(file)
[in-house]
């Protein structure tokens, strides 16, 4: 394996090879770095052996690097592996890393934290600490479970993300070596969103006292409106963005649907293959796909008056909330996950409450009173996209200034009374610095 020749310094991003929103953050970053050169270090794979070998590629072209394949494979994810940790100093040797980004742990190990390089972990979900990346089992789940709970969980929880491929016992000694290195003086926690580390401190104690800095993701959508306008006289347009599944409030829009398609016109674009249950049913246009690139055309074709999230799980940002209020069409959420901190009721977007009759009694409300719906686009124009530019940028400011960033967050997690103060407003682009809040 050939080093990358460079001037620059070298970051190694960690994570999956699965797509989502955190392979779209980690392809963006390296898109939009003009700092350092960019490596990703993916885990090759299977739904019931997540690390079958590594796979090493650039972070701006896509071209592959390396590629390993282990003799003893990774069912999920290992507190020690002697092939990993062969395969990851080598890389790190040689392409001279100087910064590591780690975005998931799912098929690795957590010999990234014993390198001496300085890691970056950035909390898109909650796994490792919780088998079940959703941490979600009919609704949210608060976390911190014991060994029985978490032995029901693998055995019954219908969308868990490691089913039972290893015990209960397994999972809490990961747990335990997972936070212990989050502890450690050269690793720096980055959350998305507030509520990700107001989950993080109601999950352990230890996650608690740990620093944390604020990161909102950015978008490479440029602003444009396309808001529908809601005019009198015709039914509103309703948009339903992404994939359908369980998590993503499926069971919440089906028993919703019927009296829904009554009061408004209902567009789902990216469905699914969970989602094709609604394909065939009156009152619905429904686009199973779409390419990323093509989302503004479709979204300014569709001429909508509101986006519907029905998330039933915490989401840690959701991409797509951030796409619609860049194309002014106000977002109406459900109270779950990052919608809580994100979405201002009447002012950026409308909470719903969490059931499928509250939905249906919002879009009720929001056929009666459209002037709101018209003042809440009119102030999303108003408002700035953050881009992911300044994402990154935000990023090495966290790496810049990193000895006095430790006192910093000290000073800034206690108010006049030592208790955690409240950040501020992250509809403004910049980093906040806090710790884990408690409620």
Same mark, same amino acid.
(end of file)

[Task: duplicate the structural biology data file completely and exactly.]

[in-house]
């Protein structure tokens, strides 16, 4: 394996090879770095052996690097592996890393934290600490479970993300070596969103006292409106963005649907293959796909008056909330996950409450009173996209200034009374610095 020749310094991003929103953050970053050169270090794979070998590629072209394949494979994810940790100093040797980004742990190990390089972990979900990346089992789940709970969980929880491929016992000694290195003086926690580390401190104690800095993701959508306008006289347009599944409030829009398609016109674009249950049913246009690139055309074709999230799980940002209020069409959420901190009721977007009759009694409300719906686009124009530019940028400011960033967050997690103060407003682009809040 050939080093990358460079001037620059070298970051190694960690994570999956699965797509989502955190392979779209980690392809963006390296898109939009003009700092350092960019490596990703993916885990090759299977739904019931997540690390079958590594796979090493650039972070701006896509071209592959390396590629390993282990003799003893990774069912999920290992507190020690002697092939990993062969395969990851080598890389790190040689392409001279100087910064590591780690975005998931799912098929690795957590010999990234014993390198001496300085890691970056950035909390898109909650796994490792919780088998079940959703941490979600009919609704949210608060976390911190014991060994029985978490032995029901693998055995019954219908969308868990490691089913039972290893015990209960397994999972809490990961747990335990997972936070212990989050502890450690050269690793720096980055959350998305507030509520990700107001989950993080109601999950352990230890996650608690740990620093944390604020990161909102950015978008490479440029602003444009396309808001529908809601005019009198015709039914509103309703948009339903992404994939359908369980998590993503499926069971919440089906028993919703019927009296829904009554009061408004209902567009789902990216469905699914969970989602094709609604394909065939009156009152619905429904686009199973779409390419990323093509989302503004479709979204300014569709001429909508509101986006519907029905998330039933915490989401840690959701991409797509951030796409619609860049194309002014106000977002109406459900109270779950990052919608809580994100979405201002009447002012950026409308909470719903969490059931499928509250939905249906919002879009009720929001056929009666459209002037709101018209003042809440009119102030999303108003408002700035953050881009992911300044994402990154935000990023090495966290790496810049990193000895006095430790006192910093000290000073800034206690108010006049030592208790955690409240950040501020992250509809403004910049980093906040806090710790884990408690409620």
Same mark, same amino acid.